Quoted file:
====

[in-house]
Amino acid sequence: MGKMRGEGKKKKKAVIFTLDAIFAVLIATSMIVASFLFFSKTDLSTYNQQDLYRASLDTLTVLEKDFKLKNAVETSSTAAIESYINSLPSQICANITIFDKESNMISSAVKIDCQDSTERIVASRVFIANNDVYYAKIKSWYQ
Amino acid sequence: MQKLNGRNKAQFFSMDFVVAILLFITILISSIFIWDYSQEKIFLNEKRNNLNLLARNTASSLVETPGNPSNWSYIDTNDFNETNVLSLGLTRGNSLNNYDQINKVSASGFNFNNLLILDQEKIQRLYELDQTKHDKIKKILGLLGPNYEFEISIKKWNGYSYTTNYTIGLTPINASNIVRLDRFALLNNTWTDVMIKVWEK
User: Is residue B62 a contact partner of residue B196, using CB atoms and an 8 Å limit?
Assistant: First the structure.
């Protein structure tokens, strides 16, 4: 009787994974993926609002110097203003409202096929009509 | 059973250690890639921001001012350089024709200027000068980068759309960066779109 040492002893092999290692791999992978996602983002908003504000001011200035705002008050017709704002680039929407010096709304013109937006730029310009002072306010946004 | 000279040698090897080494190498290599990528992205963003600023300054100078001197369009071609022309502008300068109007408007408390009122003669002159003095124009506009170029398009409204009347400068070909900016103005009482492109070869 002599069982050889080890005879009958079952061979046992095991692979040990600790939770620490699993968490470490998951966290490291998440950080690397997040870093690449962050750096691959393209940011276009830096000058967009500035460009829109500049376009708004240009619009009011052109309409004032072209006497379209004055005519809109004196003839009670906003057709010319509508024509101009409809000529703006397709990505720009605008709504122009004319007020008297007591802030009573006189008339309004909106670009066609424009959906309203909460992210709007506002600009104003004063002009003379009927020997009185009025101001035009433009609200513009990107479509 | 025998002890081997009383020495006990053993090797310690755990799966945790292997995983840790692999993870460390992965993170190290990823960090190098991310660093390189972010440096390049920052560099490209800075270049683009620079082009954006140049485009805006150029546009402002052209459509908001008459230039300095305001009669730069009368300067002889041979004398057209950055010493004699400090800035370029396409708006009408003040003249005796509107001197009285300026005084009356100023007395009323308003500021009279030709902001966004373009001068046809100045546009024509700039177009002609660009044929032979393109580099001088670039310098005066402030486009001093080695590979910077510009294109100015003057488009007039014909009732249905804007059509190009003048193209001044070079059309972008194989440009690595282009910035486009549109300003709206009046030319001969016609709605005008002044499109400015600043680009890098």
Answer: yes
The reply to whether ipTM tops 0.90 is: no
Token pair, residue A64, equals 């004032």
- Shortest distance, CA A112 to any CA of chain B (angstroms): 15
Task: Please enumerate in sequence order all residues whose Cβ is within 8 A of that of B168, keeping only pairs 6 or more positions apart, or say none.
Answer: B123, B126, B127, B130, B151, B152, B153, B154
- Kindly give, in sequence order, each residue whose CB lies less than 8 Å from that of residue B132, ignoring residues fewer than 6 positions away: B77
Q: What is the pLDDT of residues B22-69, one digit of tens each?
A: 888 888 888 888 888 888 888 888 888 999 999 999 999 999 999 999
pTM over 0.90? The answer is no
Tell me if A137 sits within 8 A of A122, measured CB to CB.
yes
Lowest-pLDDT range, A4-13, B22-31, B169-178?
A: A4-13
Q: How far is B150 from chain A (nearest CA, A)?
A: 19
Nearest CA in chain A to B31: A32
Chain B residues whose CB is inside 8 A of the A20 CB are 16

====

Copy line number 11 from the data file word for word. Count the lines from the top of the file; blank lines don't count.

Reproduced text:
Task: Please enumerate in sequence order all residues whose Cβ is within 8 A of that of B168, keeping only pairs 6 or more positions apart, or say none.